She’d been a weird cat since she’d first arrived, squeezing her way past the children’s legs one day as they came in from school. “Can we keep it?” they’d begged their mum, but she’d told them that this was somebody else’s cat and lifted it out onto the path, where it sat until the door was opened again before attempting entry once more. The girls had made posters advertising ‘FOUND CAT’, complete with a photo, but it’s hard to tell one black cat from another, especially in a grainy print. No owner had come forward and, day after day, the cat came back with little encouragement from the girls’ mum but secret treats and lots of cuddles from the youngsters. Eventually, it was tacitly accepted that she was now the family cat; a bed was bought and two bowls for food and drink. They named her Clinker and they loved her.

There was no doubt that she was getting on in years; her belly was flabby, the tip of her tail was flattened and hung at an odd angle, she had strange flecks in both eyes and she never meowed, although she often purred. The whole family made a fuss of her, but nobody pretended that she wasn’t weird. She would sit on the window sill, her back to the outside world, watching the room like a small, furry guardian. If anybody got up to leave, she would watch them until they were out of sight before resuming her original stance, rarely blinking, even more rarely sleeping. Most un-cat-like.

Clinker wasn’t very graceful for a cat either. She had an ungainly walk and would frequently fall from the furniture, righting herself as she hit the floor and continuing as though nothing had happened. The one time she displayed anything like the expected amount of feline agility was when she did the weirdest thing of all; whenever she crossed from the rug in front of the fire to head into the kitchen, she would walk in a wide arc, hugging the furniture until she reached the chair closest to the door, whereupon she would leap delicately as though she were clearing a small hurdle. The first time she’d done it, the family had laughed at her odd ways and had subsequently tried to fathom what made her do it. They’d tried moving the lamp in case a stray shadow was causing the cat’s confusion but it made no difference; over time the furniture was rearranged slightly, but she still followed roughly the same path and always ended with a little leap. It was part of her charm.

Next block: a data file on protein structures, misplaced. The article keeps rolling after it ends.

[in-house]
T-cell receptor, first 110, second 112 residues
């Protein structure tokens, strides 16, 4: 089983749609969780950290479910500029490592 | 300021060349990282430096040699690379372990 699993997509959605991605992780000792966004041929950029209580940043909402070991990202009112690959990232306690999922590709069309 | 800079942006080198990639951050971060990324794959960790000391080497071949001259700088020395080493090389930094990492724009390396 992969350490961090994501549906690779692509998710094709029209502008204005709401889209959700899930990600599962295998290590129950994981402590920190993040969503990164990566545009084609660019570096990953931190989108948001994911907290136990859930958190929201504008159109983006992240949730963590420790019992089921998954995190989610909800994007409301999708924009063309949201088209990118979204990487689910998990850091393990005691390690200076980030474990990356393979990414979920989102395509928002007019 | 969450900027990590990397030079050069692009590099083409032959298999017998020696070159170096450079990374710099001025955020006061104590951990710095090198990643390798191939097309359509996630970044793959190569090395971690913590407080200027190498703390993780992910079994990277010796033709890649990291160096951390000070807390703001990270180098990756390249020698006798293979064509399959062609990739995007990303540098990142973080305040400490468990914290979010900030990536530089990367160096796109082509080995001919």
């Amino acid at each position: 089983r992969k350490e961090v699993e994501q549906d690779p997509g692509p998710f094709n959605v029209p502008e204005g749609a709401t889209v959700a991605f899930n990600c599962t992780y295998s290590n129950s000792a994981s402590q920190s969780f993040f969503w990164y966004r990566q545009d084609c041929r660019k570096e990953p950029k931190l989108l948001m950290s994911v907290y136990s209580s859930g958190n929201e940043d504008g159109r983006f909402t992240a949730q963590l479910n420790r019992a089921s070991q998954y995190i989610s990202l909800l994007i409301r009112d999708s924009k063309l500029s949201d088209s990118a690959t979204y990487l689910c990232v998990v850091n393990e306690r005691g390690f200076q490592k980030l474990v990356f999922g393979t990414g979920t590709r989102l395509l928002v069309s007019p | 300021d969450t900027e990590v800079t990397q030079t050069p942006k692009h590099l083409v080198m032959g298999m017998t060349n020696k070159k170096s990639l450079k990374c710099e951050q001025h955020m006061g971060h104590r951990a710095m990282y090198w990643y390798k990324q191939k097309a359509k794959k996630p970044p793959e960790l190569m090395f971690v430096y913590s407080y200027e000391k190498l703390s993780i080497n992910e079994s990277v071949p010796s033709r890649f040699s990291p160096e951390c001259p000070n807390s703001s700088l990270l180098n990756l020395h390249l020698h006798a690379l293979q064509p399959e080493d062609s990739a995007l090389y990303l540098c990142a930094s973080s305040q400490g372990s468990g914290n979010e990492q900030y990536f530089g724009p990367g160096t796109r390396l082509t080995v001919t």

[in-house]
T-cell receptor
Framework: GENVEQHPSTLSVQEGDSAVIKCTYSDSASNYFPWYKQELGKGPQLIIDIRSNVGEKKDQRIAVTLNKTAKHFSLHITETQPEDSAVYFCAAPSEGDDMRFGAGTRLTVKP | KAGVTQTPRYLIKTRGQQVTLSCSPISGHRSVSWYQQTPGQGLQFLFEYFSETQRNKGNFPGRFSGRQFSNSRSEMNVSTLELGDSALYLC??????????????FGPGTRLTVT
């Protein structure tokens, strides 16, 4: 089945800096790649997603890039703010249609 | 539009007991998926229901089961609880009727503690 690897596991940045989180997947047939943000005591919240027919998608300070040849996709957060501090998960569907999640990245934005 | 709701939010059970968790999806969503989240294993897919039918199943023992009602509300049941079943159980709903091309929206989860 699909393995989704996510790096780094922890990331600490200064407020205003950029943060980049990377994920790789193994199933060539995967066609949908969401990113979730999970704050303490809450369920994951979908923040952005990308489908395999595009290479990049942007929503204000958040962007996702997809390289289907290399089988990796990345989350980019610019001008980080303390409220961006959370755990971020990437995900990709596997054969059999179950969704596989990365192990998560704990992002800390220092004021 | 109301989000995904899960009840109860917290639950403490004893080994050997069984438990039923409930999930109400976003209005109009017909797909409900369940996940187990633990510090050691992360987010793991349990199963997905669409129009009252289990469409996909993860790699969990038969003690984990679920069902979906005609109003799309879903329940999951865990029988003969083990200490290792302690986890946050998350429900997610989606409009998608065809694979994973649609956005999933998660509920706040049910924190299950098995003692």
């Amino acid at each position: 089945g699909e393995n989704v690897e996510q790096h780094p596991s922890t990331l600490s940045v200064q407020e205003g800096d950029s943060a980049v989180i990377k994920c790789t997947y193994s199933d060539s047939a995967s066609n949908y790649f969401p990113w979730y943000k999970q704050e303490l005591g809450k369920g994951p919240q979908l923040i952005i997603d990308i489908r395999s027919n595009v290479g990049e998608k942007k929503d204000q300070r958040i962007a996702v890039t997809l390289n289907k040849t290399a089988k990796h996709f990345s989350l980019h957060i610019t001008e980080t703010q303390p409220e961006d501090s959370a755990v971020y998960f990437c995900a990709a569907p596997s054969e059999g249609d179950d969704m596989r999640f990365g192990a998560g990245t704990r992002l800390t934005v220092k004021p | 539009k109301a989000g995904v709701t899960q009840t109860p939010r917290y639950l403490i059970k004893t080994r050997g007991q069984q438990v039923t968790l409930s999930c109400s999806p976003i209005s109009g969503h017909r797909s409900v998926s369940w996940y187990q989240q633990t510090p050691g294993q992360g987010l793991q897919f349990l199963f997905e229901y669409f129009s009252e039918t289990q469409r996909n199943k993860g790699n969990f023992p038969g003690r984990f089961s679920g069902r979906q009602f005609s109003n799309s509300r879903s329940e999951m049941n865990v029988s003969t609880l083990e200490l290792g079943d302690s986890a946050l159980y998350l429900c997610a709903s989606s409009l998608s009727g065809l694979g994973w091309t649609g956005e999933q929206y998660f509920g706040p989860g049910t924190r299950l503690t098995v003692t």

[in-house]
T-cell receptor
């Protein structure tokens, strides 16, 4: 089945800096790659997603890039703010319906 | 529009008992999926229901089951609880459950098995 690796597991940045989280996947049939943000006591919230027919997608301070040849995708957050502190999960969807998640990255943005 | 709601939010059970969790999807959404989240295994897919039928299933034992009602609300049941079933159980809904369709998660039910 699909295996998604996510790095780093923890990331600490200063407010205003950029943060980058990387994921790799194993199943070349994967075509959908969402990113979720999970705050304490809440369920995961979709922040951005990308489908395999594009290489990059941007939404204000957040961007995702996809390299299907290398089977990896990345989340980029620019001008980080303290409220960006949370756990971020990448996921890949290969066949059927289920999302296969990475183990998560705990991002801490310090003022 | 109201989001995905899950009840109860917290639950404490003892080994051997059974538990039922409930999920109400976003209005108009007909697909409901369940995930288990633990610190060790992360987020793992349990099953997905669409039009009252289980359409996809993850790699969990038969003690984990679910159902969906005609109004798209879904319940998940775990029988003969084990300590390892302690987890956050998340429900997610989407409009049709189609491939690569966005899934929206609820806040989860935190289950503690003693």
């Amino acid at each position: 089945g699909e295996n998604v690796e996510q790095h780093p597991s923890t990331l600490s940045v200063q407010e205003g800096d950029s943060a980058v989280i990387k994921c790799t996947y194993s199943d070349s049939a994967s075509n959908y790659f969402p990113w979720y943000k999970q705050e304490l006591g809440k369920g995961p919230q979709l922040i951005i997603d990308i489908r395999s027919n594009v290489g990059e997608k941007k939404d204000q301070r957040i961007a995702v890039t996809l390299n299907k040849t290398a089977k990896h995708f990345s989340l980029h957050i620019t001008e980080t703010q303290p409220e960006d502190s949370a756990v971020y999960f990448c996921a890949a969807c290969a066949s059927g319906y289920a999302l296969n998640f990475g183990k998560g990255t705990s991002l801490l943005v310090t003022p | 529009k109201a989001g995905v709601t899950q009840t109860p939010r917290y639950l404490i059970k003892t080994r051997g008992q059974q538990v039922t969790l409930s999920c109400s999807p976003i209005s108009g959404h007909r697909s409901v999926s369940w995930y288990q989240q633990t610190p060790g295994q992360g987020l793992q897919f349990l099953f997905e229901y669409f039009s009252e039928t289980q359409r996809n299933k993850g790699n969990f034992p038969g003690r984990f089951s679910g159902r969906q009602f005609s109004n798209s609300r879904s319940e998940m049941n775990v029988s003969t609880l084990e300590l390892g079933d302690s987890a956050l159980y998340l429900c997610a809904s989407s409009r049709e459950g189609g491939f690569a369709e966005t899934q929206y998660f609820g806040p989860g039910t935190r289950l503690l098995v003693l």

As the girls grew older, Clinker’s fur sprouted stray white hairs and she looked a little scrawny about the haunches, but she would still sit and survey the room with her almost unblinking gaze, never once facing the outside world. She enjoyed curling up in a lap, rumbling like a fur-covered Geiger counter and there was never a shortage of willing laps. All in all, it was a good life.

It was approaching winter when the burglary happened. As the family lay sleeping, their mother woke to a strange sound. Somewhere, a cat was mewing loudly and a bitter draught rattled under her bedroom door. She thought the girls might have left a window open, as they sometimes did; perhaps a local cat had climbed in, but as she opened her door to go and check, she saw a dark figure halfway up the stairs, or down – it was difficult to know which way they were heading in the gloom – and she cried out and flailed for the light switch. The burglar ran down the stairs and headed through the dining room and into the living room, making for the open back door through which he had forced an entrance.

He’d clearly spent some time in the living room, looking for valuables that didn’t exist, as every drawer of the dresser had been emptied onto the floor and the cushions from the suite had been tossed, as though someone might hide money or jewels in the furniture. The burglar stepped onto some letters and skidded a little before taking a wild step to try and right himself. He hadn’t accounted, however, for the now silent black cat prowling in the only spaces left unsullied and as his foot landed on the flattened end of her tail, she hissed and lashed out with deadly accuracy, raking her claws across his leg. He fell with a crash, catching his chin on the dresser and was already unconscious as he hit the floor. As he lay like a dead man near the kitchen door, Clinker sidled up to him and leapt in a graceful arc over the vanquished intruder, as though clearing a small hurdle.